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21.11.2008 Boxing

Azumah Receives Dennie Mancini Prize

> Azumah Receives Dennie Mancini Prize

Ghana's boxing legend, Professor Barima Azumah Nelson, was last Tuesday awarded the 2008 'Dennie Mancini' prize for boxing excellence at a luncheon jointly hosted by the Commonwealth Boxing Council and the British Boxing Board of Control in London.

The 'Dennie Mancini' prize which takes the form of a bronze bust was instituted by the Commonwealth Boxing Council to immortalise the name and memory of the late Mr Dennie Mancini, a renowned manager, trainer, agent and second who, according to the CBC, sat on their board as an advisor when it was first reconstituted in 1972 and then later represented Australian National Boxing Board.

He had been associated with some of the greatest names in boxing such as Lionel Rose, Johnny Famechon, John Clark, Nigel Benn and recently Ricky Hatton.

He was also director of the famous sportswear company, Lonsdale. He died last year. The two previous winners have been the Commonwealth Bantamweight Champion Tshifhiwa Munyai of South Africa in 2006 and the Commonwealth Light Middle Weight Champion Bradley Price of Wales in 2007.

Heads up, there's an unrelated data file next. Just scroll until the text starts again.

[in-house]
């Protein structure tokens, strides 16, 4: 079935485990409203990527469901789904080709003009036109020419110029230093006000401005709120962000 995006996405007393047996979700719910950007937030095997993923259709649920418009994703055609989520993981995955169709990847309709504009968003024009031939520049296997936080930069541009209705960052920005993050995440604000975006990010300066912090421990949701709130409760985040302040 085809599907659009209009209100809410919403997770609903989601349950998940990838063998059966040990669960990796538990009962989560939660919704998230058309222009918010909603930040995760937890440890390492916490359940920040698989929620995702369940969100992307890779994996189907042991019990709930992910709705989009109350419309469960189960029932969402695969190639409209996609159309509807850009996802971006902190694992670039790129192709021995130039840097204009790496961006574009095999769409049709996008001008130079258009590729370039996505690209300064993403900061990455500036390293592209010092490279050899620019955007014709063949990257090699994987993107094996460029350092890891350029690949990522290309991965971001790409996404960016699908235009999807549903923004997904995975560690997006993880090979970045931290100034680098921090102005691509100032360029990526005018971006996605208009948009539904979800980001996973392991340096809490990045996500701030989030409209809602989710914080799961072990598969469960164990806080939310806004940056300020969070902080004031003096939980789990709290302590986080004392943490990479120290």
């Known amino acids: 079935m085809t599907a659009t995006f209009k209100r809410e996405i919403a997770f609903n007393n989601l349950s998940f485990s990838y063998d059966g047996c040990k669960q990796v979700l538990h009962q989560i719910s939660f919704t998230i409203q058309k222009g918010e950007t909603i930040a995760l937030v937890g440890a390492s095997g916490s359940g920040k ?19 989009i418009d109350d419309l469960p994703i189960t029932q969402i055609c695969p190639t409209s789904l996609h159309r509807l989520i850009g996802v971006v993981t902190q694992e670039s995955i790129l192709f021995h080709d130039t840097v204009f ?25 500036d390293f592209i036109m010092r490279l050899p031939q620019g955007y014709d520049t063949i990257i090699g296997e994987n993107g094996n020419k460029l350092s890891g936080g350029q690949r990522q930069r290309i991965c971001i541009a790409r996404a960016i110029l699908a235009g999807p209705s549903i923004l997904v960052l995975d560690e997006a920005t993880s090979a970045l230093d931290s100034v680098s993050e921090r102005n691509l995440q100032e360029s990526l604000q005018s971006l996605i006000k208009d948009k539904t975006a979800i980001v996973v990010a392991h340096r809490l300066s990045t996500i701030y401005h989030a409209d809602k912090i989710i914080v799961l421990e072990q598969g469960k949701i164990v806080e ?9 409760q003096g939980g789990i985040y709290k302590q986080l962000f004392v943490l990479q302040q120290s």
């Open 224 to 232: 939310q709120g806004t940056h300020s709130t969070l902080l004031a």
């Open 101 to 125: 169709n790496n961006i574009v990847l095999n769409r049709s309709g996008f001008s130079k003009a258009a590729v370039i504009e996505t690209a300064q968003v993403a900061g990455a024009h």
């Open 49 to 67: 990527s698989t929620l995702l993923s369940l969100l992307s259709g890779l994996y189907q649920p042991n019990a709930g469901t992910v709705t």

According to the CBC, although Professor Azumah Nelson has retired from active boxing, the award was given to him as a consequence of his setting up of the Azumah Nelson Foundation and giving to others opportunities that might otherwise not be available to them. It was also to recognise his support for and contributions to upholding the best traditions and aims of the CBC, the boxing profession and the Commonwealth itself in the previous 12 months.

The chairman of the CBC, Professor Ingram Singh, also paid tribute to Prof Azumah Nelson for his long list of achievements and bringing distinction to boxing both as a champion of the Commonwealth and the World. The Prof was accompanied to the function by his wife, Peggy, Mr Yoofi Boham, a boxing promoter, Ghana's Deputy High Commissioner to the UK and Ireland, Mr Zed Grant Essilfie who represented H.E. the High Commissioner and officials of the high commission.

In his acceptance speech, Professor Azumah Nelson traced his humble beginnings from an unknown street fighter to a world boxing champion and said it had always been his wish to give opportunities to others to aspire to where he has reached and beyond.

He announced the establishment of the Azumah Nelson Foundation which he said was dedicated to helping thousands of children across Ghana and Africa, who otherwise would have been condemned to lives of misery and crime.

He said many of those children were those who may not get the opportunity which some of them had to develop their God, given talents.

Story By Nana Sifa Twum, London

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